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552 Phil. 226


[ G.R. NO. 168988, June 19, 2007 ]




This is a Petition for Review on Certiorari under Rule 45 of the 1997 Rules of Civil Procedure filed by Fernando G. Manaya (petitioner) assailing: (1) the Decision[1] of the Court of Appeals in CA-G.R. SP No. 75417, dated 9 May 2005, granting the Petition of Alabang Country Club Inc. (respondent) and setting aside the Resolutions dated 30 August 2002 and 30 October 2002 of the National Labor Relations Commission (NLRC); and (2) the Resolution[2] of the Court of Appeals dated 21 July 2005 denying petitioner's Motion for Reconsideration of its earlier Decision.

The assailed decision of the Court of Appeals reversed the Resolution of the NLRC dismissing the appeal of the respondent for failure to perfect its appeal within the statutory period. Instead, the Court of Appeals ordered the NLRC to give due course to the appeal of the respondent.

The antecedent facts are:

Petitioner alleged that on 21 August 1989, he was initially hired by the respondent as a maintenance helper[3] receiving a salary of P198.00 per day. He was later designated as company electrician. He continued to work for the respondent until 22 August 1998 when the latter, through its Engineering and Maintenance Department Manager, Engr. Ronnie B. de la Cruz, informed him that his services were no longer required by the company.[4] Petitioner alleged that he was forcibly and illegally dismissed without cause and without due process on 22 August 1998.[5] Hence, he filed a Complaint[6] before the Labor Arbiter. He claimed that he had not committed any infraction of company policies or rules and that he was not paid his service incentive leave pay, holiday pay and 13th month pay. He further asserted that with his more or less nine years of service with the respondent, he had become a regular employee. He, therefore, demanded his reinstatement without loss of seniority rights with full backwages and all monetary benefits due him.[7]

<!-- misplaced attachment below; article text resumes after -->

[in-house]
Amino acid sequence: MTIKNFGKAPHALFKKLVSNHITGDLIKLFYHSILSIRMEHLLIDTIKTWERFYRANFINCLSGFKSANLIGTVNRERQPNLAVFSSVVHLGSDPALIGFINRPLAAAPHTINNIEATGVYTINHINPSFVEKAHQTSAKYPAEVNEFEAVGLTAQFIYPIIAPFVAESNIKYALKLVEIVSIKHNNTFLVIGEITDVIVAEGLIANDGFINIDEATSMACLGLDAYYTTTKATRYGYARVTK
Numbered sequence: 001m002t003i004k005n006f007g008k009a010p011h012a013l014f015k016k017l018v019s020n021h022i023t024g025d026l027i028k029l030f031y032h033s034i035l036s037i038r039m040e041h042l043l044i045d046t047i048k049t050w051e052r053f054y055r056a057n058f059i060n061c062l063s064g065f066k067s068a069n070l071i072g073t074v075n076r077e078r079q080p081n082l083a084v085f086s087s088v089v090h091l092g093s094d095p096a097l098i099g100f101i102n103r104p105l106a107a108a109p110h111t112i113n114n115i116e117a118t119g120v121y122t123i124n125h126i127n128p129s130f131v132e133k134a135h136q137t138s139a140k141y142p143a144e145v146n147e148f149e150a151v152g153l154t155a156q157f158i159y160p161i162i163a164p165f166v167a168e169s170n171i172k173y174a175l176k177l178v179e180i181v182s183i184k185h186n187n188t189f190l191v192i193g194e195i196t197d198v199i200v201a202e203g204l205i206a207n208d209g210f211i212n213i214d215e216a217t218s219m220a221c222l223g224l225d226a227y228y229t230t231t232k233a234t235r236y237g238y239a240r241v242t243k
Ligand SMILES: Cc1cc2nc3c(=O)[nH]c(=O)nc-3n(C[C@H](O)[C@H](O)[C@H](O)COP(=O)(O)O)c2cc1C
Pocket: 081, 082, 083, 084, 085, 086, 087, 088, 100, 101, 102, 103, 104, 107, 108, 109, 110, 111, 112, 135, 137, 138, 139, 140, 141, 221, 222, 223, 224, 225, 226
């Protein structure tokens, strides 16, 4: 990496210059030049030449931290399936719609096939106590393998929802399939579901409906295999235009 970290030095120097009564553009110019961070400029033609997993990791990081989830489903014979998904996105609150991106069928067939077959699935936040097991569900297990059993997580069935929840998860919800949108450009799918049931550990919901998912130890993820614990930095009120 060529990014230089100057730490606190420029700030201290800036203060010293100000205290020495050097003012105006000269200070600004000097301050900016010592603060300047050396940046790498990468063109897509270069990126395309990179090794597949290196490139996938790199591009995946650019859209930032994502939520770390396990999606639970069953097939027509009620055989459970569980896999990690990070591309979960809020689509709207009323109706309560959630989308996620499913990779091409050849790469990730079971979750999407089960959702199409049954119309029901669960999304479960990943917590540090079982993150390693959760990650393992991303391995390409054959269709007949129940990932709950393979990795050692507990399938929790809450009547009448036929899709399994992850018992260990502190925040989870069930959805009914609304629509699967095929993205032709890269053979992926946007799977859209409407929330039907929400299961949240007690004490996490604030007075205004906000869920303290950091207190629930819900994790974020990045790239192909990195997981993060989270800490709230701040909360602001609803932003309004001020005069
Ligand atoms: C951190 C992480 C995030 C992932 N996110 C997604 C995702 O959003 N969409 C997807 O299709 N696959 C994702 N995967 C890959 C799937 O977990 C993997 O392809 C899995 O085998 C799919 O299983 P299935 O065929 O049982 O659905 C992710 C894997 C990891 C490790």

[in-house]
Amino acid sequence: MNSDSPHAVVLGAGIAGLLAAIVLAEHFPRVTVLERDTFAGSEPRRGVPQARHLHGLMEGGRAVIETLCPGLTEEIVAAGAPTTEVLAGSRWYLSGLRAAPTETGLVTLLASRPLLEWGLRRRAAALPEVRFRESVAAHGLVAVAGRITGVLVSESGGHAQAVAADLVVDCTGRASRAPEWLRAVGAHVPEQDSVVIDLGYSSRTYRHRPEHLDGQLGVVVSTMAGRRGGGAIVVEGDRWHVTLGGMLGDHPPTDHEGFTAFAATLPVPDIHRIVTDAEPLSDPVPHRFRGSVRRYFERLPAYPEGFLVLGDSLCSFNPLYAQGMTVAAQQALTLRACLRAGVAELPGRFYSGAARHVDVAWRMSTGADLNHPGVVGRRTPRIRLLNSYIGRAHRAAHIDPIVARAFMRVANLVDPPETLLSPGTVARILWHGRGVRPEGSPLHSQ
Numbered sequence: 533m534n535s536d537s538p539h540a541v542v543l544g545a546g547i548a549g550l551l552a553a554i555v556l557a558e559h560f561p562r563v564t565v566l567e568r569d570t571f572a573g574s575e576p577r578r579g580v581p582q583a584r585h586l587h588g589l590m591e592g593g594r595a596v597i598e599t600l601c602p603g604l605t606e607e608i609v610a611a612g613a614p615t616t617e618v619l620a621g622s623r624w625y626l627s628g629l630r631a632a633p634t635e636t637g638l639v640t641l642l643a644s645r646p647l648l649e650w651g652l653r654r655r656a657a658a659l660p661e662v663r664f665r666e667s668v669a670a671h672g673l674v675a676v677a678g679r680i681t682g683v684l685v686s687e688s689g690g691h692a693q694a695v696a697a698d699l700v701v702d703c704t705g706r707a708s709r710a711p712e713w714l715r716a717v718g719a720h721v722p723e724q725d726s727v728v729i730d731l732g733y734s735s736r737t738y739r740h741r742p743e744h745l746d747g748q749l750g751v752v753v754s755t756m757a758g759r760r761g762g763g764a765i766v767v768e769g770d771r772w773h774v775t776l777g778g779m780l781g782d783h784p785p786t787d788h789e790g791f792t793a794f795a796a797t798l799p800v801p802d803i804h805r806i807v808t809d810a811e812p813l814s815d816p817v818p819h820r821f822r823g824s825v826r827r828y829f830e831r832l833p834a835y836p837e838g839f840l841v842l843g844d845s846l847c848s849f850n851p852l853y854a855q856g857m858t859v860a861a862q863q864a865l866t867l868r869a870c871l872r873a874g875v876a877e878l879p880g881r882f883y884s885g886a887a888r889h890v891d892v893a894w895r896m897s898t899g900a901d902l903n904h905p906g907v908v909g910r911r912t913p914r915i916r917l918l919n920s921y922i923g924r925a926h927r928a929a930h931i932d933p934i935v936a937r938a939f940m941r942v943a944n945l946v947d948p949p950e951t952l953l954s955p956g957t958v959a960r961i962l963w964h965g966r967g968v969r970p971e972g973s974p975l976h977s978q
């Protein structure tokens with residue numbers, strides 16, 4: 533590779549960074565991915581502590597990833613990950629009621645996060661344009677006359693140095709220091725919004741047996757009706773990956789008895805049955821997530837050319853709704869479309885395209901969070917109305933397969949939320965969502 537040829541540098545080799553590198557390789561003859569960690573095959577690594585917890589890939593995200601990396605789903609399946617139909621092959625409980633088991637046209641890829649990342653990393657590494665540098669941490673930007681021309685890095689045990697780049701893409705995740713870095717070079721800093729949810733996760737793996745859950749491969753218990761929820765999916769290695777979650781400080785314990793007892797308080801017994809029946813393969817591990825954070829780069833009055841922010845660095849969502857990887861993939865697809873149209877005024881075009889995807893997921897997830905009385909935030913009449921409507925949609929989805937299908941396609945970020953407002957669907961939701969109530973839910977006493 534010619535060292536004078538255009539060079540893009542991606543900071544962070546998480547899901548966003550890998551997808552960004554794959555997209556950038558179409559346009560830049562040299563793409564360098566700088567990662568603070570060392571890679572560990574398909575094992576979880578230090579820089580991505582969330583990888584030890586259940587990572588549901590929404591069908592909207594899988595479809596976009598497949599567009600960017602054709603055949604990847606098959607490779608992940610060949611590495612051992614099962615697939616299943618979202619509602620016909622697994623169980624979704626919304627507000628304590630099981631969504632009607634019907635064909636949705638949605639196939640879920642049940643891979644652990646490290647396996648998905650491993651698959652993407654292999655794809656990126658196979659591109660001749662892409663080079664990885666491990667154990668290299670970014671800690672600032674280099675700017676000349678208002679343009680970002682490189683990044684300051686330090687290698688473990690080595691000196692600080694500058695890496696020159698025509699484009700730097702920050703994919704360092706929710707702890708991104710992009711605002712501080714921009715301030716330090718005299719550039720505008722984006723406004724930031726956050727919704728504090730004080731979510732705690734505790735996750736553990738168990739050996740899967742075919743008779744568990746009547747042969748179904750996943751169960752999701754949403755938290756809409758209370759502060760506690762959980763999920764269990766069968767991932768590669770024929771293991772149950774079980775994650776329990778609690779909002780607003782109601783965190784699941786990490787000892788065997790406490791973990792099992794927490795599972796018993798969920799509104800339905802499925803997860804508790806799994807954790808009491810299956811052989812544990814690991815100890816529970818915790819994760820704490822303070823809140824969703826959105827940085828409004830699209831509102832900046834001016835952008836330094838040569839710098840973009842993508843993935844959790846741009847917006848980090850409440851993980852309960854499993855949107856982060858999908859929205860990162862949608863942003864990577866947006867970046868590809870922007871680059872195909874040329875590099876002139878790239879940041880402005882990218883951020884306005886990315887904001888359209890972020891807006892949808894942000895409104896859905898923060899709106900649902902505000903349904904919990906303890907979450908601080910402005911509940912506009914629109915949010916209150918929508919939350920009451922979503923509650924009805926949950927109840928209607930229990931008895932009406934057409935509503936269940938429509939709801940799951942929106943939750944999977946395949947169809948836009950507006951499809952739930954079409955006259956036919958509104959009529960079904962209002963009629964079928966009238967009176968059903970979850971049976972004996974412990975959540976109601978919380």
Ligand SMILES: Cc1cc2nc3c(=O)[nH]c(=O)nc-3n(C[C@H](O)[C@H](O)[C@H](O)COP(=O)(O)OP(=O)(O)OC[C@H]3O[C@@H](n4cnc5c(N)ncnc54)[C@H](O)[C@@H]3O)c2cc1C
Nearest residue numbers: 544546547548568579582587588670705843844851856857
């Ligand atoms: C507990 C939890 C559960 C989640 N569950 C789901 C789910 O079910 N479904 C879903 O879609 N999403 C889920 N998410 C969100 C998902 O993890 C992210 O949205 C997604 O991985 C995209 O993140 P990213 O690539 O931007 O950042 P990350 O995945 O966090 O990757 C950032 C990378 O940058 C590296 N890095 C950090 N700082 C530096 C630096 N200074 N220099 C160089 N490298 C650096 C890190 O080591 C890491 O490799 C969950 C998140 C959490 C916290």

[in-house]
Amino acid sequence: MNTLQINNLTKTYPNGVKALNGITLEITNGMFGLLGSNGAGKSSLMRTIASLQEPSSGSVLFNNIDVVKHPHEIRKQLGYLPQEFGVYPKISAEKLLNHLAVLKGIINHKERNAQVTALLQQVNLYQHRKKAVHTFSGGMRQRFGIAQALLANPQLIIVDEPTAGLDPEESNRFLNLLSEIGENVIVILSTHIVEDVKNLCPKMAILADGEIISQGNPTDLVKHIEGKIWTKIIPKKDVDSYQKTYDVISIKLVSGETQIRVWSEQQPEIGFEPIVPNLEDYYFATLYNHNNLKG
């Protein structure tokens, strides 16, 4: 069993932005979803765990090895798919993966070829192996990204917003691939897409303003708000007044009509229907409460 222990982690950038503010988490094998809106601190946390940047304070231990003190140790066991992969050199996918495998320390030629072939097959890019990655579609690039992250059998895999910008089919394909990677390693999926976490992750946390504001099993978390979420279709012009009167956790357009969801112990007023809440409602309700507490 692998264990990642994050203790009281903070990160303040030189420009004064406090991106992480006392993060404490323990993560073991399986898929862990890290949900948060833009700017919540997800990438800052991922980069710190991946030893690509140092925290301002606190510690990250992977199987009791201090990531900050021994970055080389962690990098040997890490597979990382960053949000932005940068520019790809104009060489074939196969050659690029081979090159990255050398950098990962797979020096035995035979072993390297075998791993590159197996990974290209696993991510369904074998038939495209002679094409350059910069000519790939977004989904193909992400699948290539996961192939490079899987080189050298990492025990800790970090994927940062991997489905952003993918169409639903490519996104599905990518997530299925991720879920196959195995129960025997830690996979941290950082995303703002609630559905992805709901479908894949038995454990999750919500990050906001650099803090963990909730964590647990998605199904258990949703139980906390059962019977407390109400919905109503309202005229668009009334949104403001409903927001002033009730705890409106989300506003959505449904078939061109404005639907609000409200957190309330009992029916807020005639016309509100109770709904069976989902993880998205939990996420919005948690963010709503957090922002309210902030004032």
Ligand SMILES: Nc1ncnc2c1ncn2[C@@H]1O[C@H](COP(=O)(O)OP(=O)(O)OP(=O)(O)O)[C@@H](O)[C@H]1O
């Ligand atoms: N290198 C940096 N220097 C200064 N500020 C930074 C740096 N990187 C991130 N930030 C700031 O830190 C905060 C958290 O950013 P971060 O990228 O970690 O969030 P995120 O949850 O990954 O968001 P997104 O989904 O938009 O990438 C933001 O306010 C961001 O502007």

In its Answer, respondent denied that petitioner was its employee. It countered by saying that petitioner was employed by First Staffing Network Corporation (FSNC), with which respondent had an existing Memorandum of Agreement dated 21 August 1989. Thus, by virtue of a legitimate job contracting, petitioner, as an employee of FSNC, came to work with respondent, first, as a maintenance helper, and subsequently as an electrician. Respondent prayed for the dismissal of the complaint insisting that petitioner had no cause of action against it.

In a Decision, dated 20 November 2000, the Labor Arbiter held:
WHEREFORE, premises considered, complainant Fernando G. Manaya is hereby found to be a regularemployee of respondent Alabang Country Club, Inc., as aforediscussed. His dismissal from the service having been effected without just and valid cause and without the due observance of due process is hereby declared illegal. Consequently, respondent Alabang Country Club, Inc. is hereby ordered to reinstate complainant to his former position without loss of seniority rights and other benefits appurtenant thereto with full backwages in the partial amount of P160,724.48 as computed by Ms. Ma. Concepcion Manliclic and duly noted by Ms. Ma. Elena L. Estadilla, OIC-CEU, NCR-South Sector which computation has been made part of the records.